Ideally you pick a life insurance policy that you keep forever. However, there are times when you need to cancel. There are a couple ways to cancel. The first way is over the phone. If you cancel over the phone, the customer service rep will stop automatic payments and mail you a cancellation form. Here is the problem: customer service reps are trained in retention. For instance, they might bring up the contestability period, which is a common scare tactic.
You can bypass the customer service rep by faxing a written cancellation request (don’t forget to sign your name). You might need to call the insurance company for the correct fax number, but they will freely give that information without pushback. In your written request, you should mention the effective date of cancellation and the policy number. You should also include a statement that says your decision is final and you don’t wish to discuss it with an agent. That last part is necessary because insurance companies will sometimes call your agent so he or she can talk you out of it. If you are cancelling a policy with cash value, make sure you read my article on nonforfeiture options before you cancel.
Life insurance companies must give back the cash value of whole life policies when consumers decide to cancel. The cash value is given back in the form of payment or coverage. Insurance companies refer to this as nonforfeiture options. The three options are: cash surrender, reduced paid up, and extended term. Consumers don’t know about reduced paid up or extended term, and the insurance companies don’t mention these two options when people call in to cancel their policy. Cash surrender is usually not the best option, but people select it from a lack of knowing other options.
Cash surrender sends you a check for the cash value. Extended term provides the original amount of coverage in the form of term insurance. The duration of term coverage depends on the cash value. Reduced paid up, my favorite option, provides a reduced amount of coverage that is paid up forever. The amount of coverage depends on the cash value.
Here is the problem with cash surrenders: if you decide to buy life insurance again after doing a surrender, you are essentially starting over from scratch. However, if you buy life insurance again after doing a reduced paid up, you are starting with the coverage provided by the reduced paid up. This can be a significant cost savings. One note of caution: if you are only contemplating cancellation because of a temporary financial hardship, then you are better off taking a premium loan instead. For more life insurance topics visit our life insurance blog.
The above image is a sample of nonforfeiture values that you might see in a whole life policy. The column on the far left is the policy year. The next column to the right is the cash value, which also represents the maximum loan amount. The next column is the amount of reduced paid up insurance available. Reduced paid up values continually increase until the policy matures (usually age 121 in modern policies). The last column is extended term. You’ll notice that extended term values start to decrease after a certain policy age; the cost of term insurance starts to outpace the accumulation of cash value. You’ll also notice that no cash value accumulates during the first two years of a policy. Agent commissions are the main reason for no cash value in the first two years.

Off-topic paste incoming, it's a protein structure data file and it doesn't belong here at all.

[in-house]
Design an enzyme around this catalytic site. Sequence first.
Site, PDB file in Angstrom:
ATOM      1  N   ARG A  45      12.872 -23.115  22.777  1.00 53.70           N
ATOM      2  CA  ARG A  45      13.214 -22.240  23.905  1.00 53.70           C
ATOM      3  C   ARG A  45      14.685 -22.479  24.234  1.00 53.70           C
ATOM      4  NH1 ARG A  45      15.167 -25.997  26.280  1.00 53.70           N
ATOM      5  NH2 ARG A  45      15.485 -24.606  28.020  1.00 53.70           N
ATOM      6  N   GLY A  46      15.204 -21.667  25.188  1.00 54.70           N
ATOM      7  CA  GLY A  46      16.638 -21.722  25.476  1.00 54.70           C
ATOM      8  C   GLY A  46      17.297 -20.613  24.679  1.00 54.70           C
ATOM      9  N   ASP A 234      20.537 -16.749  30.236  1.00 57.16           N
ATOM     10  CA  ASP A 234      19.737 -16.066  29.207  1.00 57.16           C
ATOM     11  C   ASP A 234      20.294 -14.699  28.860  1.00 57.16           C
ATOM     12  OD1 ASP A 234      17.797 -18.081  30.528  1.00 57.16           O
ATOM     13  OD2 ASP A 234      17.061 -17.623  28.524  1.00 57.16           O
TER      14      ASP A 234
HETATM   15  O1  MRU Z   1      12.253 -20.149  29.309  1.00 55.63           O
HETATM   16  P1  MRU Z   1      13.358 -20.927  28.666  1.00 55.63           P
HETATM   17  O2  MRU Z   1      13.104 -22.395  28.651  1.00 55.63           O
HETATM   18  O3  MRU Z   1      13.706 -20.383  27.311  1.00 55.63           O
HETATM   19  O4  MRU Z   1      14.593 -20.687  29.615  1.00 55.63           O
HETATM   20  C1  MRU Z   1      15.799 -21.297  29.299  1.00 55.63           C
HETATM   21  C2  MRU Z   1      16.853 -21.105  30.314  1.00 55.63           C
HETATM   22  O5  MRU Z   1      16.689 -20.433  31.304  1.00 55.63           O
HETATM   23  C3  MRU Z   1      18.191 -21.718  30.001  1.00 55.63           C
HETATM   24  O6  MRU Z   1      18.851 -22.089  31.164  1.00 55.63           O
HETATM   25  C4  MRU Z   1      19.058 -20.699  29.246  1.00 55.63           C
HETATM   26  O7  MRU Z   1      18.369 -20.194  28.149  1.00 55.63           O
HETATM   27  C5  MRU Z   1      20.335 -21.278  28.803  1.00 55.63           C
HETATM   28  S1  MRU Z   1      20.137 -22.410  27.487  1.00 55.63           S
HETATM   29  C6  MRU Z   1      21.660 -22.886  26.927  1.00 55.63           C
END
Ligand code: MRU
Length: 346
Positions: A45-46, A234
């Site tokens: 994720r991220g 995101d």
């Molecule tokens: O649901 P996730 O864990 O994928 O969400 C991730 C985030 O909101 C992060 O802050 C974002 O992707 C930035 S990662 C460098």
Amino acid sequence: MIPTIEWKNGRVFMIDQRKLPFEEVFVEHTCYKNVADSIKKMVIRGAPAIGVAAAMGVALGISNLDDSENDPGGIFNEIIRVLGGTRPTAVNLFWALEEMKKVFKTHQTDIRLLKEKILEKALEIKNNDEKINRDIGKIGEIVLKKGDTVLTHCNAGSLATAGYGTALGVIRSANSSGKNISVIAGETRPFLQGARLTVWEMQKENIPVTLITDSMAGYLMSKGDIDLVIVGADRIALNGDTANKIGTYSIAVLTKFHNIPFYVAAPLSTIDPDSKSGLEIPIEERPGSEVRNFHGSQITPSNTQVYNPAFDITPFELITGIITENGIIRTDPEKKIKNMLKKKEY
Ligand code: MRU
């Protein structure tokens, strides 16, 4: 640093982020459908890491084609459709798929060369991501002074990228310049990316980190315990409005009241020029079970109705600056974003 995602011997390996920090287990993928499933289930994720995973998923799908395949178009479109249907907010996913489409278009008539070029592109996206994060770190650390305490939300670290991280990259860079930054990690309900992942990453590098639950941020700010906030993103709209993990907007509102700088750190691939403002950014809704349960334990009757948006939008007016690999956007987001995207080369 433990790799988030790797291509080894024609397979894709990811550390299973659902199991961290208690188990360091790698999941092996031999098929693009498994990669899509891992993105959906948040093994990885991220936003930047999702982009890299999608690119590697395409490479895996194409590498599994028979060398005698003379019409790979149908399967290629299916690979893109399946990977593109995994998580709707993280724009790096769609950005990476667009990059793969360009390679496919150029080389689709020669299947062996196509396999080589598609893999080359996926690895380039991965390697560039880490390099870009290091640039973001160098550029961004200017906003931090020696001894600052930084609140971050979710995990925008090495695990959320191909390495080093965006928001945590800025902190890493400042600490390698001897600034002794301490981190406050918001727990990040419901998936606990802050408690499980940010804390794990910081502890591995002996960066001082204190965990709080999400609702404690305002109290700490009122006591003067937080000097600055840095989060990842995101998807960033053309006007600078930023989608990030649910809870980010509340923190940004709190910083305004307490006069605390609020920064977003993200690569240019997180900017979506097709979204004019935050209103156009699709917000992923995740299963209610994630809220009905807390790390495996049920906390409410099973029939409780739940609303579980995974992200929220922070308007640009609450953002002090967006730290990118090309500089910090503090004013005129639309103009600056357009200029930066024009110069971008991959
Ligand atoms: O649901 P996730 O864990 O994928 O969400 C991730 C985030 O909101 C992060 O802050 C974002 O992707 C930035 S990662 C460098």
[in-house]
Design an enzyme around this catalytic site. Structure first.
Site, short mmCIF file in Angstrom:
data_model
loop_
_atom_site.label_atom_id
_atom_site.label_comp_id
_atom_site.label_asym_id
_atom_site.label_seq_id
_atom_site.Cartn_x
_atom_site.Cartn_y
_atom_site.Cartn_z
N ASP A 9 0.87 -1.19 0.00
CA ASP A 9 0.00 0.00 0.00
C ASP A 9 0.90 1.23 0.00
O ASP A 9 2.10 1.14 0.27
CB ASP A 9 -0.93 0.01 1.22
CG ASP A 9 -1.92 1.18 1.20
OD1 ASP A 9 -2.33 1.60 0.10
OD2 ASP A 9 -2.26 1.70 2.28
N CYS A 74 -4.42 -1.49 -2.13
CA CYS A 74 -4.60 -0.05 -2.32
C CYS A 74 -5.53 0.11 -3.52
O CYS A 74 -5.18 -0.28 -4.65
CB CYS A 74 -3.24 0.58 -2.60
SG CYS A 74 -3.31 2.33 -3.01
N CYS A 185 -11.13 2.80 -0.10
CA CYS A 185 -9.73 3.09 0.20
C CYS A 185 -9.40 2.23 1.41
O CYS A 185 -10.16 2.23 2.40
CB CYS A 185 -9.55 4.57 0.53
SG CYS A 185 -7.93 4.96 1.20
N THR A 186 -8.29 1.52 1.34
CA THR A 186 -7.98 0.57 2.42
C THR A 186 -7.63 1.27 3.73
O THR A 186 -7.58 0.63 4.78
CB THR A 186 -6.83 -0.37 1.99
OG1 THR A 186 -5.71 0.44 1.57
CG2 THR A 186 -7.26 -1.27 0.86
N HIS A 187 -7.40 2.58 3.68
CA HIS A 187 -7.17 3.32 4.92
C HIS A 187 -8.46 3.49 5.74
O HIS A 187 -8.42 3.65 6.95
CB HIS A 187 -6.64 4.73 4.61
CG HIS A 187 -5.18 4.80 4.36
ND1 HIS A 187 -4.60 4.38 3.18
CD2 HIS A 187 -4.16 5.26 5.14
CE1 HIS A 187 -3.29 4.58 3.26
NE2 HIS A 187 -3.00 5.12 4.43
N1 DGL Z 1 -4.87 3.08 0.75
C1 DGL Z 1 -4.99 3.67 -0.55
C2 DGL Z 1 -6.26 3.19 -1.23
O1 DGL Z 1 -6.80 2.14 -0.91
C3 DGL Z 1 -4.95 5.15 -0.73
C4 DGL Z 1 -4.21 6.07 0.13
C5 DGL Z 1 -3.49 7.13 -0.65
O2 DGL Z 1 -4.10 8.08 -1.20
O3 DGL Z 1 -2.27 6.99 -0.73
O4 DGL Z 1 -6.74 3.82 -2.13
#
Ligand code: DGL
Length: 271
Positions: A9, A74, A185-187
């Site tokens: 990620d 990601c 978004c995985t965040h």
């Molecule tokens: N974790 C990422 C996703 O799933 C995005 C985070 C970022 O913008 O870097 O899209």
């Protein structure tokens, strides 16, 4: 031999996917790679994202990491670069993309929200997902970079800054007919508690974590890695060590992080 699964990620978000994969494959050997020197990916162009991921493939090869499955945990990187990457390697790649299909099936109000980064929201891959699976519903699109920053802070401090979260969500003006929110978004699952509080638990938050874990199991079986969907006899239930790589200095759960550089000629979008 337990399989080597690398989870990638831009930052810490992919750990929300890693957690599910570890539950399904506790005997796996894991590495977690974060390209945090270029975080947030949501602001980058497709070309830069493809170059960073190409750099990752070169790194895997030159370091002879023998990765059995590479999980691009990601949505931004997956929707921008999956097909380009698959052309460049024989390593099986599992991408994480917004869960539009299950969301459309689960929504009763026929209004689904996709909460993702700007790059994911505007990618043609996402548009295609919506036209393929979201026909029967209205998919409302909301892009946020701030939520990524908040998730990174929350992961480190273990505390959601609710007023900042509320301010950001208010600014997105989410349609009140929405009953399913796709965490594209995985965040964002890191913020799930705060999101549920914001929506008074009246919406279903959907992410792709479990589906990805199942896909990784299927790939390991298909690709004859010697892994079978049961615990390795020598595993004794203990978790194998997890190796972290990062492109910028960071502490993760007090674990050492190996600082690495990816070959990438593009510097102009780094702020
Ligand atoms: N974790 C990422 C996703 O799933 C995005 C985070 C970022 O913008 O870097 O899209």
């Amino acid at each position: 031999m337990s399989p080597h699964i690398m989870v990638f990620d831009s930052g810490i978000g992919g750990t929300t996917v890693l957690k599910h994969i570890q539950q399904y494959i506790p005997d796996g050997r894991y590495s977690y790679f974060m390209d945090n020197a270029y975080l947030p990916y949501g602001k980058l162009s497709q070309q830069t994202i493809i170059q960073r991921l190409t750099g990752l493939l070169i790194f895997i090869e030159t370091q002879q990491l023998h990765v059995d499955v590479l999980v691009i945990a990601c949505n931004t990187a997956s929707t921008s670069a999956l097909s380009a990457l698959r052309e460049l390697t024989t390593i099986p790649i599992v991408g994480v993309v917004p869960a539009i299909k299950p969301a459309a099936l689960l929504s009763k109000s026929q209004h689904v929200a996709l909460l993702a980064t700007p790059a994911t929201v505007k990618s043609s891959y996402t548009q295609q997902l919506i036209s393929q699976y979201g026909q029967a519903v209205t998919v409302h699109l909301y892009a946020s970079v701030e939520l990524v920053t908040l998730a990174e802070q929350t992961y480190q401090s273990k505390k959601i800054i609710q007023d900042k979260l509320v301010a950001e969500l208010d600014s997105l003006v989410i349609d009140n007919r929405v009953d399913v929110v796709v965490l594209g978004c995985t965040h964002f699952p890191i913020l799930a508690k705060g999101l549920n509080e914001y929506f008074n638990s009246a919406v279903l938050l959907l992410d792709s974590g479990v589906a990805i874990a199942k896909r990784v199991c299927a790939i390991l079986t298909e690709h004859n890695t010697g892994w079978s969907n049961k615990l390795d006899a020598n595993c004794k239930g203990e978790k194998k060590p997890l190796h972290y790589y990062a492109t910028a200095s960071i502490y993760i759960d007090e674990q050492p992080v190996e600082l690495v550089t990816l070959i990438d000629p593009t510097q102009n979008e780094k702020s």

Life happens, and people either forget to make payments or they can’t make a payment. With life insurance there are some protections in place if that happens. Every life insurance policy has a 30 day grace period to catch up on a missed payment. If death occurs during a grace period, the missing payment is deducted from the death benefit. If payment isn’t made within the grace period then a statement of good health must be provided to the insurance company in order to reinstate the policy. Fortunately, most policies require automatic payment from a checking account or credit card if the policy owner opts to make monthly payments. Autopay greatly reduces the number of missed payments. Insurance companies will allow payments to be mailed in if they are on a quarterly, semi-annual, or annual basis. Very few companies allow mailed payments on a monthly basis.
Additional protections are available for whole life that aren’t available for term life. Whole life uses the plan’s cash value to extend coverage if premium payments stop. A loan can be taken against the cash value in order to make premium payments, or a nonforfeiture option can be invoked. I will discuss nonforfeiture options in a later post.